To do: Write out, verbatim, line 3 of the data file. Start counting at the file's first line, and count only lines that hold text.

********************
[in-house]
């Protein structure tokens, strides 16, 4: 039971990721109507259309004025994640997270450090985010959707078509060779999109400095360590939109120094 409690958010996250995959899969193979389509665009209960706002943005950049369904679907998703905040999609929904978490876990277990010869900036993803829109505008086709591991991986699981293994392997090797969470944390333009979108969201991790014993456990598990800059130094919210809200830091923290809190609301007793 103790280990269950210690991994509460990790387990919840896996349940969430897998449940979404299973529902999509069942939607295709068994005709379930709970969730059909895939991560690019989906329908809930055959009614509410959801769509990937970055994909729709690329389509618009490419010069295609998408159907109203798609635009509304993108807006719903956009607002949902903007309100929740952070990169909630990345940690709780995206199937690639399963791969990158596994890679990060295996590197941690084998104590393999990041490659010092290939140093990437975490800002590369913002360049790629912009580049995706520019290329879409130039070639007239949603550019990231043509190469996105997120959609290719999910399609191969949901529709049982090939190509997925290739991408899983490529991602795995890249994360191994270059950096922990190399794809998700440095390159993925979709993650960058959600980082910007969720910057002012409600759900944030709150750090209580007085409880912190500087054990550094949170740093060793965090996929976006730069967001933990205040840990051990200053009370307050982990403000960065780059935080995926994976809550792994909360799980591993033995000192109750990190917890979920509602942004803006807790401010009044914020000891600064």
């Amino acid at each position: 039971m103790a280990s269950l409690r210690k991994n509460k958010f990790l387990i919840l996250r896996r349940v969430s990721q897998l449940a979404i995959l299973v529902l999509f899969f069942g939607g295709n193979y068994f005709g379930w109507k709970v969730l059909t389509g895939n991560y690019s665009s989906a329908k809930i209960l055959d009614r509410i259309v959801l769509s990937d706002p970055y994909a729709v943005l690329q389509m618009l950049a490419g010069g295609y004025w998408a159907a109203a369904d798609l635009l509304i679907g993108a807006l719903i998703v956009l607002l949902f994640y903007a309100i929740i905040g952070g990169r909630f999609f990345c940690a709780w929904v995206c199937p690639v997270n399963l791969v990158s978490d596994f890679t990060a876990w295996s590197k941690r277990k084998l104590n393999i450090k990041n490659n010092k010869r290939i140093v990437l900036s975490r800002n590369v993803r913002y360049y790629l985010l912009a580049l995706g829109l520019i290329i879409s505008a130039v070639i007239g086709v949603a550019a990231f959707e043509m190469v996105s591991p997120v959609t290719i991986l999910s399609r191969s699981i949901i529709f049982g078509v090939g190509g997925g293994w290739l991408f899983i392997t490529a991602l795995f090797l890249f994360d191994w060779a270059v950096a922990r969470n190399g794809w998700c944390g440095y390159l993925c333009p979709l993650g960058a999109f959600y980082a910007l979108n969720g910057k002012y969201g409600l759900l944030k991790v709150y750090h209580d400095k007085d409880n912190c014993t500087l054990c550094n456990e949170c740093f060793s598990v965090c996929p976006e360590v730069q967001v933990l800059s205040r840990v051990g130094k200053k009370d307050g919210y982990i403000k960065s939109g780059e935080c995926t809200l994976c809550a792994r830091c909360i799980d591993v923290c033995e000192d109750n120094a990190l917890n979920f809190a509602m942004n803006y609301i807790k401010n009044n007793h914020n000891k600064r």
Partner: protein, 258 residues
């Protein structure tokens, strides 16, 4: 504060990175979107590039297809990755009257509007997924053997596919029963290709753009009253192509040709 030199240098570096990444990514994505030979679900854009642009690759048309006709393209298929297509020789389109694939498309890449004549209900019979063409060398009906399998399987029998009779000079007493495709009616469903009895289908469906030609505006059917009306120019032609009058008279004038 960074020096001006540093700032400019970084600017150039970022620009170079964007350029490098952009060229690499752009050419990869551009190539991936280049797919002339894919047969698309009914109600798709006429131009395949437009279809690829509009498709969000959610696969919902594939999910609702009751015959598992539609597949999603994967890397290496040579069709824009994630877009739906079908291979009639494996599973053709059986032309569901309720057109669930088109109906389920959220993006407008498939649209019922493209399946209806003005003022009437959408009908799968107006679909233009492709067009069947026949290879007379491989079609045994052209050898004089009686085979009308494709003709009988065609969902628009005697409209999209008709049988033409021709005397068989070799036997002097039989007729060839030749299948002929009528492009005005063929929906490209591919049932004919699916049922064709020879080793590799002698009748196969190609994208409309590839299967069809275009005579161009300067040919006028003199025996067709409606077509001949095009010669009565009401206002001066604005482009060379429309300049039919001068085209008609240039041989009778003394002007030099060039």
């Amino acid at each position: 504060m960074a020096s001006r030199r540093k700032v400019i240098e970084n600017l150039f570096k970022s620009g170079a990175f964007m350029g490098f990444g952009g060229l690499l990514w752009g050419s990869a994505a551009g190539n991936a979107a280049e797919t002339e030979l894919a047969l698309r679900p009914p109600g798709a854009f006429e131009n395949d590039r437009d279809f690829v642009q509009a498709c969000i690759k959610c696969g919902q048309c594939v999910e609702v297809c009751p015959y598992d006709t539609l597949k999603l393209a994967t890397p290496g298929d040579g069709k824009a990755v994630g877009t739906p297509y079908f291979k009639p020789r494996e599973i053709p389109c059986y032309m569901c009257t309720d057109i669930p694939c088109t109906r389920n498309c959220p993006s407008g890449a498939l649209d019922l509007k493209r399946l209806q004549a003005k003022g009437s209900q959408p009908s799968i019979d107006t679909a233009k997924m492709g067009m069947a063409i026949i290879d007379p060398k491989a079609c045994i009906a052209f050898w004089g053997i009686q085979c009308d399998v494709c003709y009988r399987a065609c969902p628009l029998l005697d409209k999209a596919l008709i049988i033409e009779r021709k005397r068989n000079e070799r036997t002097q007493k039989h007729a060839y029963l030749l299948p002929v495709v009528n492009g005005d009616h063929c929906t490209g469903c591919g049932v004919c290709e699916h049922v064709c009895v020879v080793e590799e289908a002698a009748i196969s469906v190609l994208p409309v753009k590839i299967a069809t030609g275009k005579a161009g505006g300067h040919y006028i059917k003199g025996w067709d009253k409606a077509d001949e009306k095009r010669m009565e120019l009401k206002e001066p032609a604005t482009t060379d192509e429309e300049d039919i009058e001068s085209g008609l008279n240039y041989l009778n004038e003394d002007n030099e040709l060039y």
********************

């Amino acid at each position: 039971m103790a280990s269950l409690r210690k991994n509460k958010f990790l387990i919840l996250r896996r349940v969430s990721q897998l449940a979404i995959l299973v529902l999509f899969f069942g939607g295709n193979y068994f005709g379930w109507k709970v969730l059909t389509g895939n991560y690019s665009s989906a329908k809930i209960l055959d009614r509410i259309v959801l769509s990937d706002p970055y994909a729709v943005l690329q389509m618009l950049a490419g010069g295609y004025w998408a159907a109203a369904d798609l635009l509304i679907g993108a807006l719903i998703v956009l607002l949902f994640y903007a309100i929740i905040g952070g990169r909630f999609f990345c940690a709780w929904v995206c199937p690639v997270n399963l791969v990158s978490d596994f890679t990060a876990w295996s590197k941690r277990k084998l104590n393999i450090k990041n490659n010092k010869r290939i140093v990437l900036s975490r800002n590369v993803r913002y360049y790629l985010l912009a580049l995706g829109l520019i290329i879409s505008a130039v070639i007239g086709v949603a550019a990231f959707e043509m190469v996105s591991p997120v959609t290719i991986l999910s399609r191969s699981i949901i529709f049982g078509v090939g190509g997925g293994w290739l991408f899983i392997t490529a991602l795995f090797l890249f994360d191994w060779a270059v950096a922990r969470n190399g794809w998700c944390g440095y390159l993925c333009p979709l993650g960058a999109f959600y980082a910007l979108n969720g910057k002012y969201g409600l759900l944030k991790v709150y750090h209580d400095k007085d409880n912190c014993t500087l054990c550094n456990e949170c740093f060793s598990v965090c996929p976006e360590v730069q967001v933990l800059s205040r840990v051990g130094k200053k009370d307050g919210y982990i403000k960065s939109g780059e935080c995926t809200l994976c809550a792994r830091c909360i799980d591993v923290c033995e000192d109750n120094a990190l917890n979920f809190a509602m942004n803006y609301i807790k401010n009044n007793h914020n000891k600064r």